Not long ago, nuclear power was unthinkable among environmentalists, particularly in California, where a moratorium on new power plants has put a lid on the industry for thirty years. But that sentiment may be changing.

You may listen to the “Reconsidering Nuclear Power” Radio report online.

Amy Standen is a Reporter for QUEST and Radio News at KQED-FM.

Reconsidering Nuclear Power 12 June,2013Amy Standen
  • I really enjoyed this story. One of the big selling points of nuclear is its offsetting of greenhouse gases. Can you give me some idea of the offset? For example, let’s say we wanted to keep our CO2 production at current levels. How many nuclear power plants would we need to build to supply any increases we needed in energy production? How big a dent will these nuclear power plants put in the U.S.’s carbon footprint?

  • Per Peterson

    Existing reactors in the U.S. produce 100 GW of electricity, 20% of U.S. consumption. This is approximately one full “climate stabilization wedge,” where the idea is that one would have some 8 to 10 different technologies (efficiency, renewables, etc.) that added together would serve to stablize carbon emissions. Thus if the U.S. were to double its nuclear capacity by 2030 (quite reasonable, since we built the first 100 GW in a roughly comparable time), then nuclear could provide a second stabilization wedge. This is a reasonable goal to shoot for.

  • This is a good question.

    The simplest answer is that US increases in demand can be met, more or
    less, with expansions in energy efficiency.

    The real issue is that we have many coal fired power plants planned for
    the future, and these are way to carbon intensive to consider in a
    greenhouse constrined world. (Coal plants would all have to be carbon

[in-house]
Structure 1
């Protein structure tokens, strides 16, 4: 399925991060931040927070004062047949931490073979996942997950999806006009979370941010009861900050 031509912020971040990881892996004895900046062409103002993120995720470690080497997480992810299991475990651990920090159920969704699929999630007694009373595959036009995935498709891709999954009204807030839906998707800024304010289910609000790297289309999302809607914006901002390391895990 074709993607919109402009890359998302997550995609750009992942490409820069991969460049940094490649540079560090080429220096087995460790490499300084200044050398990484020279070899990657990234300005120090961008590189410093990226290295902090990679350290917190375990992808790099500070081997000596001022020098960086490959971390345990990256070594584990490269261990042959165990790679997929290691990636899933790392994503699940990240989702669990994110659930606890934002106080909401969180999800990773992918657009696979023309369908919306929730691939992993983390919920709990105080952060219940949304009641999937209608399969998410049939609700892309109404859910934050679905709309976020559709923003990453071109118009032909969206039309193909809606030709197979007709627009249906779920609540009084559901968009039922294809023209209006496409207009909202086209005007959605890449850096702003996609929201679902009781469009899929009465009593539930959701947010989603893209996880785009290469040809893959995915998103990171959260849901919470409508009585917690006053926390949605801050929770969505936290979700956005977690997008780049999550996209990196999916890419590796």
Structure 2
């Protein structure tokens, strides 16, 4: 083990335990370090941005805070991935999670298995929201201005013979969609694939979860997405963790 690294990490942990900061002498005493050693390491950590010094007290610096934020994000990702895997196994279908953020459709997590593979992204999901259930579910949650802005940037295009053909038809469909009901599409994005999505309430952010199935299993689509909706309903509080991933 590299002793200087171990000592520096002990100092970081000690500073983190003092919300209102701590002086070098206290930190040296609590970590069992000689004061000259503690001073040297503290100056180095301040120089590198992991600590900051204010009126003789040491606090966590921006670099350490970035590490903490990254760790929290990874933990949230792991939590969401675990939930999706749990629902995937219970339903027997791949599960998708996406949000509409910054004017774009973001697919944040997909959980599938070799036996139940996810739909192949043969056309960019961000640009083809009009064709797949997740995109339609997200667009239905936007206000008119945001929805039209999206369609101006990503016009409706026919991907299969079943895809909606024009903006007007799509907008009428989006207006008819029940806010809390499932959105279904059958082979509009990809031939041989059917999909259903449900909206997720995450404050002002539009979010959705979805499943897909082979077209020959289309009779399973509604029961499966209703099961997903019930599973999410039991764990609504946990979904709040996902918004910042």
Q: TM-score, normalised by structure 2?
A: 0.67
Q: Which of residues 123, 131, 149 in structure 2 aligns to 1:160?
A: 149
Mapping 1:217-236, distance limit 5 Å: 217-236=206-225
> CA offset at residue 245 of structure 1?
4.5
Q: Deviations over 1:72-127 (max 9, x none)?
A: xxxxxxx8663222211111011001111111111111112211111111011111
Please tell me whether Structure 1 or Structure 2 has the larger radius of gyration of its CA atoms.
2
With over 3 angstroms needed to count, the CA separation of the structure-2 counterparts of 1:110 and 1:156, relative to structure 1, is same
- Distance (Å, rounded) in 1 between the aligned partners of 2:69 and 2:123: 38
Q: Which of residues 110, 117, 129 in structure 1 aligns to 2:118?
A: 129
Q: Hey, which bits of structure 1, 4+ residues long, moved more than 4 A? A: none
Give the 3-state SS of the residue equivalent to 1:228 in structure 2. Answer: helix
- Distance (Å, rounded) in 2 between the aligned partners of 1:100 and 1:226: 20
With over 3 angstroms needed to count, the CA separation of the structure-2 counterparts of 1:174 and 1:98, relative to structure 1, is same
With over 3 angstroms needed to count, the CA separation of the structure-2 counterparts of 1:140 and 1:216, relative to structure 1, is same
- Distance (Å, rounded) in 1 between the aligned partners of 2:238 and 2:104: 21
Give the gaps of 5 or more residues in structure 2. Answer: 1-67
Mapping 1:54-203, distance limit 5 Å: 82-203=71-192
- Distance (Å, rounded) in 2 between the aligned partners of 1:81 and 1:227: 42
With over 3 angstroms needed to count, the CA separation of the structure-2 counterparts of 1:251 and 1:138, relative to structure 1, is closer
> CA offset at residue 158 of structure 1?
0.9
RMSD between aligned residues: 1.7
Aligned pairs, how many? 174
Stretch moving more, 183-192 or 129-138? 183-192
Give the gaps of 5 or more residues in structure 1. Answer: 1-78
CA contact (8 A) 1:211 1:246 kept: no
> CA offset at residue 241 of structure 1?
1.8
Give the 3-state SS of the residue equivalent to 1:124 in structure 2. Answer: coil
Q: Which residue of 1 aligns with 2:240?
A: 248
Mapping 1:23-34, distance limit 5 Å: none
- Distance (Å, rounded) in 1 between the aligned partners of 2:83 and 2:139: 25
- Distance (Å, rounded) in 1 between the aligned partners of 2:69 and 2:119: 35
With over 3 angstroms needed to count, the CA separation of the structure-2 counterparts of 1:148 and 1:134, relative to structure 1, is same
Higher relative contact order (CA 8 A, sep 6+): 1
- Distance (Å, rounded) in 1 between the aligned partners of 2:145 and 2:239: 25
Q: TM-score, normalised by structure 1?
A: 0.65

capture ready, at an added cost of ~ 3 cents/kWh based on current
    but this is NOT currently planned). With coal at ~ 3 – 5 cents/kWh
    already, this makes coal a very expensive proposition relative to
    nuclear (and, actually, several other renewables), adding this 3
    kicker makes it an expensive deal, even before the other negtives of

    So, to answer this, a simple, but a bit long response you could send
    would be:

    Making the response pretty simple (and overlooking lots of
    transition issues)

    The US used ~ 3 trillion kilowatt hours in 2005, dividing by 365
    the plants are always on) = a capacity of 10^10 kW

    Right now:

    coal = 50% of US electricity
    nuclear = 20% of US electricity

    I’m ignoring natural gas, as that is about 50% less carbon intensive
    than coal), but it can be estimated from this and my coal numbers below

    Lets assume:
    each nuclear, or coal plant comples is about 1 GW (1000 MW, or, a
    kilowatt hours. Lets assume the plants each run all the time (actually,
    they run ~ 90% of the time if nuclear, and 70 – 80% of coal, but

    So, each new plant, at 1 million kilowatt hours per plant per year, tips
    coal vs nuclear balance by:

    (1 million kW plant = 10^6 kW)/(10 billion kW total US capacity = 10^10

    = 10^(-4), so on a percentage basis (x 100)

    this is 10^(-2), or a tenth of percent of total US electricity per
    plant decision.

  • Arthur Schmidt

    I hope anyone who is seriously thinking that building new nuclear energy plants might be a good idea will not rely solely on the hype of the nuclear energy industry. There are already breakthroughs in alternative energy technology, especially solar, which are far cheaper and safer and that promise to make it wholly unnecessary to take on the serious inherent risks associated with nuclear energy production.


Amy Standen

Amy Standen (@amystanden) is co-host of #TheLeapPodcast (subscribe on iTunes or Stitcher!) and host of KQED and PBSDigital Studios' science video series, Deep Look.  Her science radio stories appear on KQED and NPR.

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